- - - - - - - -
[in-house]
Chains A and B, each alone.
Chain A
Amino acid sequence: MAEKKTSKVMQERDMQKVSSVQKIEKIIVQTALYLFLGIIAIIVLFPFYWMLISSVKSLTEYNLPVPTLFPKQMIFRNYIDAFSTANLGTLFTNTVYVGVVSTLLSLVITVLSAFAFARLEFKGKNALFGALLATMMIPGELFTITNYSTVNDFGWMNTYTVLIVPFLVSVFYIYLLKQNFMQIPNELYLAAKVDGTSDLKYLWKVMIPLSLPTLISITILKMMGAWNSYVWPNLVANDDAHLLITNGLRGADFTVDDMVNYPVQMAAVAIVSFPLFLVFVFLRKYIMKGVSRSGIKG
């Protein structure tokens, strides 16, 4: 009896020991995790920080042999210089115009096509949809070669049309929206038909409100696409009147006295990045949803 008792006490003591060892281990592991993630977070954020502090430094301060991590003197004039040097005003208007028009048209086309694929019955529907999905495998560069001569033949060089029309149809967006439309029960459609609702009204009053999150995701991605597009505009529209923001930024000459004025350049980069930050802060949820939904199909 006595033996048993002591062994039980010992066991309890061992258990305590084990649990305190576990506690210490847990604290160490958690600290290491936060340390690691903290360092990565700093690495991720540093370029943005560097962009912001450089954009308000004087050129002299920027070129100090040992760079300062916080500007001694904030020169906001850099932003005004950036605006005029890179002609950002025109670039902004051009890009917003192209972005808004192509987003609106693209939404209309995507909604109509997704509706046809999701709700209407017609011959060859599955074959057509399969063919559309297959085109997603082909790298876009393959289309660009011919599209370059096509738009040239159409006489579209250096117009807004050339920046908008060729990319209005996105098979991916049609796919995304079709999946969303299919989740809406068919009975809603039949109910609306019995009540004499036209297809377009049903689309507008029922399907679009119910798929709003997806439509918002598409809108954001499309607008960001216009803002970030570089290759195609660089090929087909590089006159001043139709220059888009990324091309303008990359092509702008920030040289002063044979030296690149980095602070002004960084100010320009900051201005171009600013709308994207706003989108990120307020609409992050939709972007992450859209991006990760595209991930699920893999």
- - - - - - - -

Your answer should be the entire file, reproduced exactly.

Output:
[in-house]
Chains A and B, each alone.
Chain A
Amino acid sequence: MAEKKTSKVMQERDMQKVSSVQKIEKIIVQTALYLFLGIIAIIVLFPFYWMLISSVKSLTEYNLPVPTLFPKQMIFRNYIDAFSTANLGTLFTNTVYVGVVSTLLSLVITVLSAFAFARLEFKGKNALFGALLATMMIPGELFTITNYSTVNDFGWMNTYTVLIVPFLVSVFYIYLLKQNFMQIPNELYLAAKVDGTSDLKYLWKVMIPLSLPTLISITILKMMGAWNSYVWPNLVANDDAHLLITNGLRGADFTVDDMVNYPVQMAAVAIVSFPLFLVFVFLRKYIMKGVSRSGIKG
């Protein structure tokens, strides 16, 4: 009896020991995790920080042999210089115009096509949809070669049309929206038909409100696409009147006295990045949803 008792006490003591060892281990592991993630977070954020502090430094301060991590003197004039040097005003208007028009048209086309694929019955529907999905495998560069001569033949060089029309149809967006439309029960459609609702009204009053999150995701991605597009505009529209923001930024000459004025350049980069930050802060949820939904199909 006595033996048993002591062994039980010992066991309890061992258990305590084990649990305190576990506690210490847990604290160490958690600290290491936060340390690691903290360092990565700093690495991720540093370029943005560097962009912001450089954009308000004087050129002299920027070129100090040992760079300062916080500007001694904030020169906001850099932003005004950036605006005029890179002609950002025109670039902004051009890009917003192209972005808004192509987003609106693209939404209309995507909604109509997704509706046809999701709700209407017609011959060859599955074959057509399969063919559309297959085109997603082909790298876009393959289309660009011919599209370059096509738009040239159409006489579209250096117009807004050339920046908008060729990319209005996105098979991916049609796919995304079709999946969303299919989740809406068919009975809603039949109910609306019995009540004499036209297809377009049903689309507008029922399907679009119910798929709003997806439509918002598409809108954001499309607008960001216009803002970030570089290759195609660089090929087909590089006159001043139709220059888009990324091309303008990359092509702008920030040289002063044979030296690149980095602070002004960084100010320009900051201005171009600013709308994207706003989108990120307020609409992050939709972007992450859209991006990760595209991930699920893999």